Freeform Claps Back at "Poor, Unfortunate Souls" Criticizing The Little Mermaid Casting

Earlier this week, reports surfaced that Disney had cast Halle Bailey as Ariel in the studio's upcoming live-action remake of The Little Mermaid. As expected in this day in age, a certain contingent online instantly lashed out about the casting. Since then, the Disney-owned cable channel Freeform — a network geared toward programming for young adults — offered a passionate statement in defense of the casting.

First shared as a comment on their initial congratulatory picture for Bailey, an actor who appears on Freeform's Grown-ish, the network then screenshot the comment and repackage it as its own post earlier today. The full statement — or dismantling of trolls, for lack of a better word — can be found below.

"Yes. The original author of ‘The Little Mermaid’ was Danish. a mermaid. She lives in an underwater kingdom in international waters and can legit swim wherever she wants (even though that often upsets King Triton, absolute zaddy). But for the sake of argument, let’s say that Ariel, too, is Danish. Danish mermaids can be black because Danish *people* can be black. Ariel can sneak up to the surface at any time with her pals Scuttle and the *ahem* Jamaican crab Sebastian (sorry, Flounder!) and keep that bronze base tight. Black Danish people, and thus mer-folk, can also *genetically* (!!!) have red hair. But spoiler alert - bring it back to the top - the character of Ariel is a work of fiction. So after all this is said and done, and you still cannot get past the idea that choosing the incredible, sensational, highly-talented, gorgeous Halle Bailey is anything other than the INSPIRED casting that it is because she “doesn’t look like the cartoon one”, oh boy, do I have some news for you...about you."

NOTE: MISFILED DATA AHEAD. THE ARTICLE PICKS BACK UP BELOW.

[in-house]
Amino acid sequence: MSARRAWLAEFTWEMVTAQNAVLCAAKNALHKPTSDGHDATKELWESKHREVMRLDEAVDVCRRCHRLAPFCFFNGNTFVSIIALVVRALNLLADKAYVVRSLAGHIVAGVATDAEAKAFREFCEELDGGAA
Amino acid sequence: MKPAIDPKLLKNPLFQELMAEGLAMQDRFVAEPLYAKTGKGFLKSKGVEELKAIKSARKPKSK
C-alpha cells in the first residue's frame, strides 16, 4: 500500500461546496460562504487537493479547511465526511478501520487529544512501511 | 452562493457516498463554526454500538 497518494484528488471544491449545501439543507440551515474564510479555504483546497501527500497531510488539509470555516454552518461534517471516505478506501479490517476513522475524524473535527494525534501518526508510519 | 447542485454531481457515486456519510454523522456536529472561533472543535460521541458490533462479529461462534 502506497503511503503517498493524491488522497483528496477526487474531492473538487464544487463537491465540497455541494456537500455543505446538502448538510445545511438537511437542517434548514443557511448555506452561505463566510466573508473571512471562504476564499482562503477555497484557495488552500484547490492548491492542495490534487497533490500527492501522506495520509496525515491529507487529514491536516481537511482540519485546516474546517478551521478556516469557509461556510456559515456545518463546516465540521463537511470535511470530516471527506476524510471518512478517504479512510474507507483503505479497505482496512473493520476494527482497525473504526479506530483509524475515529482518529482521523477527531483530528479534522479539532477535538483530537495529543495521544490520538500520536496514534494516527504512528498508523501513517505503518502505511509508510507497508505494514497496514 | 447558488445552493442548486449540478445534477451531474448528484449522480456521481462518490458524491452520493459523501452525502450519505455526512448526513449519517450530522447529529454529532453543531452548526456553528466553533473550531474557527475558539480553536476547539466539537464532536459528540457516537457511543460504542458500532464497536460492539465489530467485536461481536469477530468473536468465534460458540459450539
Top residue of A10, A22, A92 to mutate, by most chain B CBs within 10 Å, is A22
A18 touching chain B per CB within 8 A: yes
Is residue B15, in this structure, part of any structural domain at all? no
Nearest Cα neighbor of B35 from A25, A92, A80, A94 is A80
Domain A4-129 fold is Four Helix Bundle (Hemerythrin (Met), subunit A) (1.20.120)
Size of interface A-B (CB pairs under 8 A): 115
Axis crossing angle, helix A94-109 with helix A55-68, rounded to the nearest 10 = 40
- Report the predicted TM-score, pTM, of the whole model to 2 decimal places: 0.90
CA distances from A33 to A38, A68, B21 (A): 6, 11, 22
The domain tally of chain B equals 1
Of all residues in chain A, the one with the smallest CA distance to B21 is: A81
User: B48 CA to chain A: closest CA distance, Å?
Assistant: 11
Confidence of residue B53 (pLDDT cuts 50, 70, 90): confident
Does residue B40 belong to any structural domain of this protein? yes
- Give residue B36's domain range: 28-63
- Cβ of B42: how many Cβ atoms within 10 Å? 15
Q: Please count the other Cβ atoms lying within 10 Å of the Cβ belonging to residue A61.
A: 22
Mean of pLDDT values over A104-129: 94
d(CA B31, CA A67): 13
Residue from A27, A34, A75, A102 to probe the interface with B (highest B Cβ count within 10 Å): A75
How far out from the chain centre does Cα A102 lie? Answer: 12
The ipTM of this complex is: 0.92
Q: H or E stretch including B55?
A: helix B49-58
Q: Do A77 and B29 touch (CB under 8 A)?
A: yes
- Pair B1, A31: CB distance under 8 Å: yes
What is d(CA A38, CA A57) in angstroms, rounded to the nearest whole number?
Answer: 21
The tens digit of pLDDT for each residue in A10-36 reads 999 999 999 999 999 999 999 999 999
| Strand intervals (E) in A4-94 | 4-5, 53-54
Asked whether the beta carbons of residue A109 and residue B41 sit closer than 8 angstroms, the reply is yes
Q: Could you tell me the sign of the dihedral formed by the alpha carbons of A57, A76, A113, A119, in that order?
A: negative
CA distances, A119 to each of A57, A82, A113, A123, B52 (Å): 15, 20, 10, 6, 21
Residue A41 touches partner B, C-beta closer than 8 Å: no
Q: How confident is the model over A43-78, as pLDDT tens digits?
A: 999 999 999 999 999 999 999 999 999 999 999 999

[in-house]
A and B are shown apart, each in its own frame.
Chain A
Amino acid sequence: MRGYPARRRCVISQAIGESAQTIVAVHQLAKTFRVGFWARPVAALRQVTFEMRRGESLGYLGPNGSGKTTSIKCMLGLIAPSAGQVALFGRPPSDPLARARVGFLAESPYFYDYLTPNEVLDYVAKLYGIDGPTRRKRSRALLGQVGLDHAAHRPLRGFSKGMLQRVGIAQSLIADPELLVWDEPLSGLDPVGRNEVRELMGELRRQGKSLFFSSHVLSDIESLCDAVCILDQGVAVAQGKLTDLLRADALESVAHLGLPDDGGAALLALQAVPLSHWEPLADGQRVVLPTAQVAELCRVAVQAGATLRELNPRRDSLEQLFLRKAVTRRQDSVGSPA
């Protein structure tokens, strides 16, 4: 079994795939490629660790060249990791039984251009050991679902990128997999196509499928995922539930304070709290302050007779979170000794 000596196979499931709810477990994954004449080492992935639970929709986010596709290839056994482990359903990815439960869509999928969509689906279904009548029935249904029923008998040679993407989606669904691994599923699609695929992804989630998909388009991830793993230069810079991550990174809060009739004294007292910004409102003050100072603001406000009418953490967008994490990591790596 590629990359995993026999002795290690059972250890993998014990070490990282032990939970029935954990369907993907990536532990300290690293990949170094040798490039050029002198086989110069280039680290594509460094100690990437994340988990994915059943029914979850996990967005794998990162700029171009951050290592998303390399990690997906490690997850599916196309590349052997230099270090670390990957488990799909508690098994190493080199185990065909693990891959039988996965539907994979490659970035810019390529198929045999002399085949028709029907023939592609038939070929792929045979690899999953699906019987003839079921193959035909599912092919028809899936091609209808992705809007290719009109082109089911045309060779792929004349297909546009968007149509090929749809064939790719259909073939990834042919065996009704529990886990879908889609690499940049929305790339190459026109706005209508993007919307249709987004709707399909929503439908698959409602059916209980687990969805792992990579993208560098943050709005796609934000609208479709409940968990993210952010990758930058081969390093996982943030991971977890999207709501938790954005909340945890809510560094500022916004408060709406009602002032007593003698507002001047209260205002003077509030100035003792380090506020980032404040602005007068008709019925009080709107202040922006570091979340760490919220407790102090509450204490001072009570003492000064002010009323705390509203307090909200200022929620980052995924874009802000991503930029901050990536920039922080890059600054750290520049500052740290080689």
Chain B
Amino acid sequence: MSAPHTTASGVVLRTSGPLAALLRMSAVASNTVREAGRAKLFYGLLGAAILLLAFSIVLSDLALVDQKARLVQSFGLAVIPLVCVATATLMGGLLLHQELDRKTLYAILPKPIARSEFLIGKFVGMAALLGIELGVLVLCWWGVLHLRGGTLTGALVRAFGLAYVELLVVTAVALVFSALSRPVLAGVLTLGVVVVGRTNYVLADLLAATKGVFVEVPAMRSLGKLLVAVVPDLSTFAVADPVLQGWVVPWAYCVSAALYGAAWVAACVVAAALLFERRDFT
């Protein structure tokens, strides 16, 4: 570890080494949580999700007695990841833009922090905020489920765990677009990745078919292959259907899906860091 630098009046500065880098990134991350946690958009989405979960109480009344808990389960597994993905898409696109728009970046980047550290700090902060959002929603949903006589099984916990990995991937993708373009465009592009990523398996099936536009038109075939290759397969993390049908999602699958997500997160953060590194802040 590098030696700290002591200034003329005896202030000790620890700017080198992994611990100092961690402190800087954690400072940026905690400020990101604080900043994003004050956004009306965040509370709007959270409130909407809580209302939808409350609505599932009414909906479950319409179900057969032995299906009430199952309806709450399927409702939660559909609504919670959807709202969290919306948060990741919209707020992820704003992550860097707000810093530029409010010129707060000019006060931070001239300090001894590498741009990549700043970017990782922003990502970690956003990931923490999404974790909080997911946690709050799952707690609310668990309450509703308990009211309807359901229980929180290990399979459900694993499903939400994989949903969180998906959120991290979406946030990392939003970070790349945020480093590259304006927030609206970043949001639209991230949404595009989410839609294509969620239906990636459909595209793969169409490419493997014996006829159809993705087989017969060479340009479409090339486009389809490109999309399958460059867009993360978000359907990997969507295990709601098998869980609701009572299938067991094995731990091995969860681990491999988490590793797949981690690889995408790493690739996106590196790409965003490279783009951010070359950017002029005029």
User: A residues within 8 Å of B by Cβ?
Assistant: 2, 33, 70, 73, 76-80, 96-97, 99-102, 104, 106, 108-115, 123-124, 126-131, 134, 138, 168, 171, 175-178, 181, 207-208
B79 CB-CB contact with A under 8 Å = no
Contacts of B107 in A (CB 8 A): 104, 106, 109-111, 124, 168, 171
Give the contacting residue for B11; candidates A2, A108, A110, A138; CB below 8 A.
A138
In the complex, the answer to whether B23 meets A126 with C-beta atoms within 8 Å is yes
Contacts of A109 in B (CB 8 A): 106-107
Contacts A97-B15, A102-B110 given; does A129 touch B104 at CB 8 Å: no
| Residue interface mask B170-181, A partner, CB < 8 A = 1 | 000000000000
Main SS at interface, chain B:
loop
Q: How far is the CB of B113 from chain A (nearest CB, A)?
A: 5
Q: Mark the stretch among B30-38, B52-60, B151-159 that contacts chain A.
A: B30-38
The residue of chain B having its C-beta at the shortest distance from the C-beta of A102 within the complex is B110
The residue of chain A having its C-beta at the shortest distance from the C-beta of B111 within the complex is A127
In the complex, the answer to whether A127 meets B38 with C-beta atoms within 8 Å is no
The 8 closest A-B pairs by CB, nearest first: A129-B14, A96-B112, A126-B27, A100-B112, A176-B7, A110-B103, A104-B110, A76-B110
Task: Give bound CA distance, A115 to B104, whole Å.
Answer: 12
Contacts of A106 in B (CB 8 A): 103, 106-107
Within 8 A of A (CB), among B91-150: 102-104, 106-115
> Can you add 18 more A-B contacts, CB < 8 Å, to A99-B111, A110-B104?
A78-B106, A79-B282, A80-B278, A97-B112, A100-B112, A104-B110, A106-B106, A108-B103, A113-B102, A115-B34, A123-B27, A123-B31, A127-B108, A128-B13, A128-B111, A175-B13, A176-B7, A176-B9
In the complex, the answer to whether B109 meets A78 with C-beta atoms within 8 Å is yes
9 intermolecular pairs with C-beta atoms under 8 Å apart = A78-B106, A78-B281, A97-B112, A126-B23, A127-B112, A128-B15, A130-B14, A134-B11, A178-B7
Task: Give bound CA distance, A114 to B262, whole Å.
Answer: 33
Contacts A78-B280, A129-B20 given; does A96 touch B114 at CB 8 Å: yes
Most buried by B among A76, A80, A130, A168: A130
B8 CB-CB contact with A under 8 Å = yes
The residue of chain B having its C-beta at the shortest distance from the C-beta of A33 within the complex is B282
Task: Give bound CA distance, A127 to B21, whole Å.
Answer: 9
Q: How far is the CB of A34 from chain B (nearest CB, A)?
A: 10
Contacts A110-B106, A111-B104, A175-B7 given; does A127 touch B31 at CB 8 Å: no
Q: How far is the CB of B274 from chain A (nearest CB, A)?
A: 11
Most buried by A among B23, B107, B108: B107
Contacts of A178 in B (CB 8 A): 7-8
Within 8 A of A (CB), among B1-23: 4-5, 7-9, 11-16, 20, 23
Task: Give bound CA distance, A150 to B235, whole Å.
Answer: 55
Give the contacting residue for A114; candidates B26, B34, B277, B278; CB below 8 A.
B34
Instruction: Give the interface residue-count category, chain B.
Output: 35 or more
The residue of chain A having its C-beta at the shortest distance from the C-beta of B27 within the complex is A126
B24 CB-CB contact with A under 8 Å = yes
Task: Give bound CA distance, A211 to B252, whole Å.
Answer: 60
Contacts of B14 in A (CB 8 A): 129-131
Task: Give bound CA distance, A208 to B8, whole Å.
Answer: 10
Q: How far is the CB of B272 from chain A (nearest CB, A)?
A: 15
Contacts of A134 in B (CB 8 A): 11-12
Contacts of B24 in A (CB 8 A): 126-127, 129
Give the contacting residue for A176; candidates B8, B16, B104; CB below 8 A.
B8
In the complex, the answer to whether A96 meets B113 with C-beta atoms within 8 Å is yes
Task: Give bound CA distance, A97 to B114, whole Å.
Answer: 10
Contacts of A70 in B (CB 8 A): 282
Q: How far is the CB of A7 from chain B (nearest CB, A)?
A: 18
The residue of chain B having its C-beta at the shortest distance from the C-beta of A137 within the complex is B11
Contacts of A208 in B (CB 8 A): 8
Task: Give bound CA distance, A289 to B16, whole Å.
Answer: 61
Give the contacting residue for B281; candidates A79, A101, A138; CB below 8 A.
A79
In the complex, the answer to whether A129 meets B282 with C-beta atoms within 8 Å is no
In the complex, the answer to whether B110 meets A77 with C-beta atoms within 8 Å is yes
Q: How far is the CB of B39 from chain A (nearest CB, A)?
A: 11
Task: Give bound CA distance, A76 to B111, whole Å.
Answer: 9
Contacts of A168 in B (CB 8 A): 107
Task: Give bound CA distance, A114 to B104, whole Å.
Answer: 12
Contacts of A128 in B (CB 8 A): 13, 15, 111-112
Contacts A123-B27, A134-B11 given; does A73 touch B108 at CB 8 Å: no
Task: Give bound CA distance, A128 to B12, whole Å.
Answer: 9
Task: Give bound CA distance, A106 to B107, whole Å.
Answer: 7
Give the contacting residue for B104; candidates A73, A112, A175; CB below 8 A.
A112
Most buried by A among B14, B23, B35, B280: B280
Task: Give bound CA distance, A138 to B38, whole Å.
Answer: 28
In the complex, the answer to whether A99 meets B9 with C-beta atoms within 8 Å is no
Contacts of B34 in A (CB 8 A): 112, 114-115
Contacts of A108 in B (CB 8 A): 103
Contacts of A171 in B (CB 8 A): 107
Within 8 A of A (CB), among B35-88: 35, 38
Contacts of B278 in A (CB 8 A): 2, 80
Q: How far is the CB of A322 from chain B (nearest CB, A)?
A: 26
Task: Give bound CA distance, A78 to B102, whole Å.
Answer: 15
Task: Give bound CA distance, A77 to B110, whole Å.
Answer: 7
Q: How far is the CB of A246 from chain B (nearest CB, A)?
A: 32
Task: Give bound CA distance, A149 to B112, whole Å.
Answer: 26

Though exact details — such as a release date — still remain scarce, the film is set to be helmed by the Academy Award-nominated Rob Marshall (Chicago) from a script by Jane Goldman (Kingsman franchise) and David Magee (Finding Neverland). While things are still quiet, Marshall previously told that fans could expect a fine mixture of classic and all-new songs when the movie is released.


“There are things I’ve learned about how you have to work to integrate songs into story, and how it has to feel earned. It can’t just be sort of put there, placed there, because you feel there should be a song,” Marshall told us. “It has to be a song that’s earned, that takes you there. And so as we’re working on, in a way, fleshing out The Little Mermaid — Ariel has one song in the animated film — and so we’re looking for maybe more material.”

“Alan Menken and Lin-Manuel Miranda are coming on board to write some lyrics, so that’s exciting, to sort of take what was there, which is so beloved, but also find a way to create a live-action version of it,” Marshall said, adding “the lessons of creating an original musical have been very helpful so far.”